Prevention & Public Education
This program is organized and managed by the Fire Prevention office. This mandated program operates annually as a service to the community to ensure that residents have the proper quantity of smoke and carbon monoxide alarms installed and operating in their homes. The Department’s goal is to ensure that every dwelling unit in the community has working smoke and carbon monoxide alarms and that they are tested and maintained in working condition. As part of the program, fire personnel visit residents in their homes to provide education on smoke and carbon monoxide alarm placement, functionality and best maintenance practices.
To date there have been no Provincial Offence Certificates issued, and all violations are typically corrected while fire personnel are present to assist. Upon finding a faulty or non-working smoke alarm or carbon monoxide alarm, fire personnel offer to provide the occupant with a battery operated alarm or replacement battery at cost.
Please remember failure to comply with Fire Code requirements can result in provincial offences violation and may include other charges under the Ontario Fire Code.
Emergency Siren Test
The emergency siren is tested in the spring and fall of every year, around the time clocks are changed. The Arnprior Fire Department makes use of the siren test to serve as a reminder for all Town residents as well as landlords and tenants of rental buildings to test residential smoke alarms and replace batteries as needed. Anyone with a Carbon Monoxide detector, which is battery operated or contains a battery for back-up should consider replacing those batteries as well.
Pursuant to sentence 11 of Part III of the Fire Protection and Prevention Act 1997, the Fire Chief of the municipality and members of the Fire Prevention Office are assistants to the Fire Marshal and as such are authorized to enter and inspect any building or premises in the municipality of Arnprior for the purposes of assessing fire safety. Consequently, inspections shall be conducted upon request or complaint and at frequencies as outlined in the Municipal Fire Prevention Policy.
The Arnprior Fire Department works with the community to teach fire safety behaviors designed to help prevent accidental fires and aid in the event of an emergency. Offerings include fire and life safety education programs for children and adults which can be customized to meet the requirements of any group. The following services are available to the public by appointment. Contact the Fire Prevention Office of the Arnprior Fire Department.
Making a Family Emergency Plan
Why 72 hours?
Experience has shown that it can take 72 hours or more to mobilize a significant relief effort during an emergency. The 72 hour preparedness message is commonly used across North America by first responders (fire, police, and paramedics), governments and relief organizations. Canadians are encouraged to be prepared to cope on their own for at least the first 72 hours – that’s 3 days – of an emergency. This lets emergency workers focus on people in urgent need. To support their efforts, the rest of us need to be prepared to look after ourselves.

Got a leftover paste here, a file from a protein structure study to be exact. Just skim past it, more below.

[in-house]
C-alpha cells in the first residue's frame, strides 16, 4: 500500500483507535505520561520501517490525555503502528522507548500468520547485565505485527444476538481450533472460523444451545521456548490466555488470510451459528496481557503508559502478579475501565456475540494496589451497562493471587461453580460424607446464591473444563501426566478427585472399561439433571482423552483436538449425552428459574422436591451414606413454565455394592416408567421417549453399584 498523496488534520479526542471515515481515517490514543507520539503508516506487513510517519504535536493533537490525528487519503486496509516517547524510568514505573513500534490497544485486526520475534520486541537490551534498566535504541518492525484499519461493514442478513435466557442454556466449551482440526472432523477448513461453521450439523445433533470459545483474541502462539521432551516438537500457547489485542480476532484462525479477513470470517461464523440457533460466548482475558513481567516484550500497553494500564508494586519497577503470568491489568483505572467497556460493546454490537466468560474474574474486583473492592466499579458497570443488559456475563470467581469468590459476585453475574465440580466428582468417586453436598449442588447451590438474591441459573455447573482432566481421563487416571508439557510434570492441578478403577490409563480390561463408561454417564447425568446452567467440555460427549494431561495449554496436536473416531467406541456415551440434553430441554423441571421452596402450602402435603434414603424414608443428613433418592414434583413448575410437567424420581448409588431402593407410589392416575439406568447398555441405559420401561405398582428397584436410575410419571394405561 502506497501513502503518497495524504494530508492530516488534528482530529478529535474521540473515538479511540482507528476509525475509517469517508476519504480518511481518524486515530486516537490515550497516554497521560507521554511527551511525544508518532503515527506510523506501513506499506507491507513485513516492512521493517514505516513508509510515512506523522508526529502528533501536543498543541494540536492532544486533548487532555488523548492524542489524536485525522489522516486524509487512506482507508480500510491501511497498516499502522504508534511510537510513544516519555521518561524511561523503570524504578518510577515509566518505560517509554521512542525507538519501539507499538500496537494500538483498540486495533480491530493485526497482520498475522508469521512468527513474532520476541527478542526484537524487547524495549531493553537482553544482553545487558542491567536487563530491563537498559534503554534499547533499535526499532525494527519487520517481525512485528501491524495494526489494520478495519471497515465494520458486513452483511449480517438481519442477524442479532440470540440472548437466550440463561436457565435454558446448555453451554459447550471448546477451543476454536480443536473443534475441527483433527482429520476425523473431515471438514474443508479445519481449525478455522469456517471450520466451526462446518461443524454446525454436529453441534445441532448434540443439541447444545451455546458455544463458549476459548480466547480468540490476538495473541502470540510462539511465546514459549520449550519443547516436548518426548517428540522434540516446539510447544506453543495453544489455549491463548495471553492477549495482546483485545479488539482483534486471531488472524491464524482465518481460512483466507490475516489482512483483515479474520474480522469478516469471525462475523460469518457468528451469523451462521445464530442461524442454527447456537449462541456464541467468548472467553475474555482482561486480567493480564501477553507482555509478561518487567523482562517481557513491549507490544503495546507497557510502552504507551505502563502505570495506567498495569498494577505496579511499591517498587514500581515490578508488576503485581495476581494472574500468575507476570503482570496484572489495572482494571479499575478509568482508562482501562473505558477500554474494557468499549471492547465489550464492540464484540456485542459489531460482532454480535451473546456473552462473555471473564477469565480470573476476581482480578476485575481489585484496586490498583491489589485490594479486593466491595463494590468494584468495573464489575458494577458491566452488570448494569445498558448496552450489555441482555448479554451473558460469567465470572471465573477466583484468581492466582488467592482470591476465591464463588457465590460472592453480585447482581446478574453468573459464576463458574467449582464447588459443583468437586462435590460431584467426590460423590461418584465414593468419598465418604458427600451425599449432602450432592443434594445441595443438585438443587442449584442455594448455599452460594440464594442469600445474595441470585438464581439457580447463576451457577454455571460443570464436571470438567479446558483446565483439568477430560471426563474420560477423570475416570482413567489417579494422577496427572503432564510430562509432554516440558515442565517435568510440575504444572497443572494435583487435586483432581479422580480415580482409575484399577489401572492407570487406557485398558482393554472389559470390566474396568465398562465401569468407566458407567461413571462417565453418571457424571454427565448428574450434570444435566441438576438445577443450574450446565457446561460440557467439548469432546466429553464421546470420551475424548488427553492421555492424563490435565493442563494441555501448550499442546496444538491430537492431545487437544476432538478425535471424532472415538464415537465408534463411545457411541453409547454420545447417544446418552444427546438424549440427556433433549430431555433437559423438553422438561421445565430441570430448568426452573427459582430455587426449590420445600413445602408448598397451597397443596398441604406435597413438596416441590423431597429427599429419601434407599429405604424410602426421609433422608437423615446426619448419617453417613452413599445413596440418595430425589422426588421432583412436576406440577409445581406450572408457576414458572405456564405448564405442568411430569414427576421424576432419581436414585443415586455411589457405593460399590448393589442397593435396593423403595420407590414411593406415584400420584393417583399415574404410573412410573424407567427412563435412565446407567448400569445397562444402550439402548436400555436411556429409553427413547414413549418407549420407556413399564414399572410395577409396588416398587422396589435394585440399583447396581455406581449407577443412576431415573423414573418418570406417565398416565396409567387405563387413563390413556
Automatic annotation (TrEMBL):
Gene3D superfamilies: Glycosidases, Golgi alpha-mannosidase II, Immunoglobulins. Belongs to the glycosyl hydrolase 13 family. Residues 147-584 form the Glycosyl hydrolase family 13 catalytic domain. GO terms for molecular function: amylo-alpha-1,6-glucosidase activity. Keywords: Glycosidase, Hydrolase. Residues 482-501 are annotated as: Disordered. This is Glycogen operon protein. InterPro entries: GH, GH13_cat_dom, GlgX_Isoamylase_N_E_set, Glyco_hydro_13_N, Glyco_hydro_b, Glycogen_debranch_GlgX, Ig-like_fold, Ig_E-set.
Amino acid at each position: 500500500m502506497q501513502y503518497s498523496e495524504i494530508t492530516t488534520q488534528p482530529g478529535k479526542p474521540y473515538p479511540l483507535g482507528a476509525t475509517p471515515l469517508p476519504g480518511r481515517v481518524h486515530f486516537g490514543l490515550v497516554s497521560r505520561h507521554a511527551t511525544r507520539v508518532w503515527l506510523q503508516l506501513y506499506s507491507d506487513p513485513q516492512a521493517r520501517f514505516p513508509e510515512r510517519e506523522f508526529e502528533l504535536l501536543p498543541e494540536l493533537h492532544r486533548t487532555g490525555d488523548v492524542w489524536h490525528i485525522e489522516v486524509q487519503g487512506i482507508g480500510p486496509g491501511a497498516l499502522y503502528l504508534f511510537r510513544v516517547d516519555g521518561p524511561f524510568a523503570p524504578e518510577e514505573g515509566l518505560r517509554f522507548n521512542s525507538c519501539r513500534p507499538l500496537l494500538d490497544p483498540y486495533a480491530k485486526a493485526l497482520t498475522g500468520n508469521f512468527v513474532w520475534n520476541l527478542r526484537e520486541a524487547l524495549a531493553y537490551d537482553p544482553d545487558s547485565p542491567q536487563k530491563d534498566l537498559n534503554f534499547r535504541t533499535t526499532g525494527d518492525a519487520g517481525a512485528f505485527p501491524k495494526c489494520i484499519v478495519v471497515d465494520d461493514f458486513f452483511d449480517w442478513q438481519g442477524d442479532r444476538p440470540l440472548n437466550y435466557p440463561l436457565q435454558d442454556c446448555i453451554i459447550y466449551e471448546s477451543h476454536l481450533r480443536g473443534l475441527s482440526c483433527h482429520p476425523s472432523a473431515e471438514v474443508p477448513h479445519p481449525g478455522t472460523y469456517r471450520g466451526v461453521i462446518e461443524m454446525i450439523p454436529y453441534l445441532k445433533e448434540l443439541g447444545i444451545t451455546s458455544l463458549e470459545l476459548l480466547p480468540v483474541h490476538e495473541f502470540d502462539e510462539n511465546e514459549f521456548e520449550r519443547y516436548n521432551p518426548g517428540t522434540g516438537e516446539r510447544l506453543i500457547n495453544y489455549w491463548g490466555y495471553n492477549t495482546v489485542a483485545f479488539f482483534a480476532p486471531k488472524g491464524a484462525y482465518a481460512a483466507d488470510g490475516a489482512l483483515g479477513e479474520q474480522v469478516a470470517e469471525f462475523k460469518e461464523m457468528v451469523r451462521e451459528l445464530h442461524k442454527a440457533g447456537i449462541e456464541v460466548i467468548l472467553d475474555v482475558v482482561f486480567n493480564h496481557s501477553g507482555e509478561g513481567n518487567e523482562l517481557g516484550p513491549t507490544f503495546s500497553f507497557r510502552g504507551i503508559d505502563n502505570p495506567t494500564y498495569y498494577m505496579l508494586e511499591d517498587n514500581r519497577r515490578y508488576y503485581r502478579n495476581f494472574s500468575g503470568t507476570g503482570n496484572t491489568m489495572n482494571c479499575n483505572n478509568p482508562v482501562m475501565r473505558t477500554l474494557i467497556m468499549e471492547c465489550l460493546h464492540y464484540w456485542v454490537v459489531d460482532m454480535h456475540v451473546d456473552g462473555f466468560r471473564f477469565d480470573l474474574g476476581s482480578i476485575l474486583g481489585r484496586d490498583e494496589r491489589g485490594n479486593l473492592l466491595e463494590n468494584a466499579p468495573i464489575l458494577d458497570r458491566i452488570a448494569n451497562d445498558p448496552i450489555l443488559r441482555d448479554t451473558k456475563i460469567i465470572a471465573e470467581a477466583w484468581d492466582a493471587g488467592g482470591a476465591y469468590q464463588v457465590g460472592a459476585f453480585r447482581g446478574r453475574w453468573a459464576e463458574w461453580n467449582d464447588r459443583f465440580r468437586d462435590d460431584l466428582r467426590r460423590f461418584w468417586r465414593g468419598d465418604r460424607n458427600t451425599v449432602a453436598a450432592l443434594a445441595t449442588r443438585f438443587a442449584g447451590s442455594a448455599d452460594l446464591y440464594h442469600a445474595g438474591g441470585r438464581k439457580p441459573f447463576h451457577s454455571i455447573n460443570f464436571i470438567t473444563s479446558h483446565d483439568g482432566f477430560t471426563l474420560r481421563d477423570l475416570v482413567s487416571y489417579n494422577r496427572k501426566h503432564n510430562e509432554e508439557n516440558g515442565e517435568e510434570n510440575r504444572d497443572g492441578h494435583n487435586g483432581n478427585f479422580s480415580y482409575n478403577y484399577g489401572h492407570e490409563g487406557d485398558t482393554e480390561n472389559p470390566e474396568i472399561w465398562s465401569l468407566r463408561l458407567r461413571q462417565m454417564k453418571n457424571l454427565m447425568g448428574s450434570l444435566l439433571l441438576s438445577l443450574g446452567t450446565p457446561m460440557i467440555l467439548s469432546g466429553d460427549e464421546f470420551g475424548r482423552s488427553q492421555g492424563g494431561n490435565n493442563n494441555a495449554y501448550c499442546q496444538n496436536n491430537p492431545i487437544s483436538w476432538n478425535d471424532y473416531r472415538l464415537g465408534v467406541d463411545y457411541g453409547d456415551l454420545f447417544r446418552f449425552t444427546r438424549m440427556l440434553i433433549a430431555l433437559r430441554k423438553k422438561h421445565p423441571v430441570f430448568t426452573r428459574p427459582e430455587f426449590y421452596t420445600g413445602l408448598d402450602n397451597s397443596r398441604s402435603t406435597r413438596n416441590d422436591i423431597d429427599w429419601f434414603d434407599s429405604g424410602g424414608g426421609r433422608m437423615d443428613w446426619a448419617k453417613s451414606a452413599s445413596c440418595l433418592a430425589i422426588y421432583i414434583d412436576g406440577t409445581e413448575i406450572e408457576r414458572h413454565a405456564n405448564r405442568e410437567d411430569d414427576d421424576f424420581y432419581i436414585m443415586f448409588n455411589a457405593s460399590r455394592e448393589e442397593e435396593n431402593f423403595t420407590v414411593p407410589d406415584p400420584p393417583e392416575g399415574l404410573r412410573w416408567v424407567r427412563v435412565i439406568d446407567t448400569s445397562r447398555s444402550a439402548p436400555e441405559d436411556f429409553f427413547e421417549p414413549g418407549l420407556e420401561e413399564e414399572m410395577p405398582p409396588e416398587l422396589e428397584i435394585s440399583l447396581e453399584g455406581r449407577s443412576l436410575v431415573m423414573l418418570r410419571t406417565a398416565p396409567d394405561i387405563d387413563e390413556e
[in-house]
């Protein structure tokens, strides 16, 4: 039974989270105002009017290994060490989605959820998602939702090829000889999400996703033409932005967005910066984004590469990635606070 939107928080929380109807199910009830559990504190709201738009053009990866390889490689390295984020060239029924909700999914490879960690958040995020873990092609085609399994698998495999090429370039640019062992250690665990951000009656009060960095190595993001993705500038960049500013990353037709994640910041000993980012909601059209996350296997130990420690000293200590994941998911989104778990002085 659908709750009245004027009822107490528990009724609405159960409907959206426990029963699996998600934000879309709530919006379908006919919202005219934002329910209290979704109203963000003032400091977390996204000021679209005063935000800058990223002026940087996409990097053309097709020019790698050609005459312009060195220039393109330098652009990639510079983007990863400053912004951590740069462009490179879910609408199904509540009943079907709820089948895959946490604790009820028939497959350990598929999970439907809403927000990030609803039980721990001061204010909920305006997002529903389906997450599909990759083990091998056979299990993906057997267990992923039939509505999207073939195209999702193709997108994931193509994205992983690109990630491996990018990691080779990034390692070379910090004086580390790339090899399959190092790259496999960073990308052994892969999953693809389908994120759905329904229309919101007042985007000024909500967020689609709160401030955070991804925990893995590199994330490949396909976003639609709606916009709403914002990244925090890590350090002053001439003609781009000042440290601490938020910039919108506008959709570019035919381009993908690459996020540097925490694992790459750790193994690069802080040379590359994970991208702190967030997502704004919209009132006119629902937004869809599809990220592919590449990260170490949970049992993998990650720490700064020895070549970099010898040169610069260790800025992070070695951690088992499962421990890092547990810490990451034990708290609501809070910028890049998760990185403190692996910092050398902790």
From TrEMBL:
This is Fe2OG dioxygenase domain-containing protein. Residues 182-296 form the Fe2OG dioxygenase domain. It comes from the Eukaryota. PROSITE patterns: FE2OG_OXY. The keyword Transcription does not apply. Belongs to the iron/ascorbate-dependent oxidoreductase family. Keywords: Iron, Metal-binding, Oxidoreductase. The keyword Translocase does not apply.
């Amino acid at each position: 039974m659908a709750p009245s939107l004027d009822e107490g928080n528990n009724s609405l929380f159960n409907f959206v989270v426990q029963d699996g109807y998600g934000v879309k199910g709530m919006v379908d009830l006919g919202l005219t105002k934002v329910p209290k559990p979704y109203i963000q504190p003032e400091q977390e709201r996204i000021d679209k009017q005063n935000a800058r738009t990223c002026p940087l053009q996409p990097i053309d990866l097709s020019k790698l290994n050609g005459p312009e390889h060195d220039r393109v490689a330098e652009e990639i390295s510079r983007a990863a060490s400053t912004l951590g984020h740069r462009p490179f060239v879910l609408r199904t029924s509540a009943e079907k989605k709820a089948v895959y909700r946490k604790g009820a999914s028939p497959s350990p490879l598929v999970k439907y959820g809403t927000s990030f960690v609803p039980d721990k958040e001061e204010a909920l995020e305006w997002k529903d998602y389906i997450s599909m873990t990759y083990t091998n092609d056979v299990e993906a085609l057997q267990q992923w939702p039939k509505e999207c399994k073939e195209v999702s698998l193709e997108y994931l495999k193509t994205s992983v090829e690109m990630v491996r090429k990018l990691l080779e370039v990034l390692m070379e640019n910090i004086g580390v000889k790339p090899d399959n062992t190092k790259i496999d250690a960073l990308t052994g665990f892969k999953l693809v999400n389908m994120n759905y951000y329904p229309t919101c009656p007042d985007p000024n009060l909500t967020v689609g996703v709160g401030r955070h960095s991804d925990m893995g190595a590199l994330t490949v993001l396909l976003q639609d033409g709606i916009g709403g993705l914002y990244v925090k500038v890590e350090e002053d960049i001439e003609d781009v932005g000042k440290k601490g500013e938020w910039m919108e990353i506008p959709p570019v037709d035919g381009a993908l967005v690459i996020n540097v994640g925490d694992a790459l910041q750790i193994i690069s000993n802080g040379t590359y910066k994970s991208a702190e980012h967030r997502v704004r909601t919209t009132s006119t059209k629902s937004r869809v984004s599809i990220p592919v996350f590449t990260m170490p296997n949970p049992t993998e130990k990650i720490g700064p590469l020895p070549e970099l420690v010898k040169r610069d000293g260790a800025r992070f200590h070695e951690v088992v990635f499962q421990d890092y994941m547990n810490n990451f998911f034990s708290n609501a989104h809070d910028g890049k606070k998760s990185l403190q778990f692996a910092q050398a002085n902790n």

Why prepare your family?
While governments at all levels are working hard to keep Canada safe, individuals also have an important role to play in emergency preparedness. By being prepared to take care of yourself, you allow community resources to be used more effectively during an emergency – and you help keep your own family safe too. Simply put, emergency preparedness begins at home.
Start today. Prepare your emergency kit. Prepare your family – so in the case of a major emergency like a flood or blackout – you are ready to take care of yourself and your loved ones for at least 72 hours.
Basic Emergency Kit
The key is to make sure items are organized, easy to find and easy to carry (in a suitcase with wheels or in a backpack) in case you need to evacuate your home. Whatever you do, don’t wait for a disaster to happen.
Recommended Additional Items
The basic emergency kit will help you get through the first 72 hours of an emergency. In addition to this kit, we recommend you also have the following additional emergency supplies. Then you will be well equipped for even the worst emergency situations.
Many fire departments are experiencing serious fires, injuries, and deaths as the result of compulsive hoarding behavior. The excessive accumulation of materials in homes poses a significant threat to firefighters fighting fires and responding to other emergencies in these homes and to residents and neighbors. Often, the local fire department will be contacted to help deal with this serious issue. Since studies suggest that between three and five percent of the population are compulsive hoarders, fire departments must become familiar with this issue and how to effectively handle it.
What is hoarding?
Hoarding is defined as collecting or keeping large amounts of various items in the home due to strong urges to save them or distress experienced when discarding them. Many rooms in the home are so filled with possessions that residents can no longer use the rooms as designed. The home is so overloaded with things that everyday living is compromised.
Why do people become hoarders?
Hoarding is a mental disorder that can be genetic in nature, triggered by traumatic events, or a symptom of another disorder, such as depression, obsessive compulsive disorder, or dementia. Studies have found that hoarding usually begins in early adolescence and gets worse as a person ages. It is more common among older adults.
Why is hoarding an issue for the fire service?
Is there help available?
Yes! If you or someone you know may be at risk due to hoarding contact the central intake line for Community Mental Health Services at 1-800-991-7711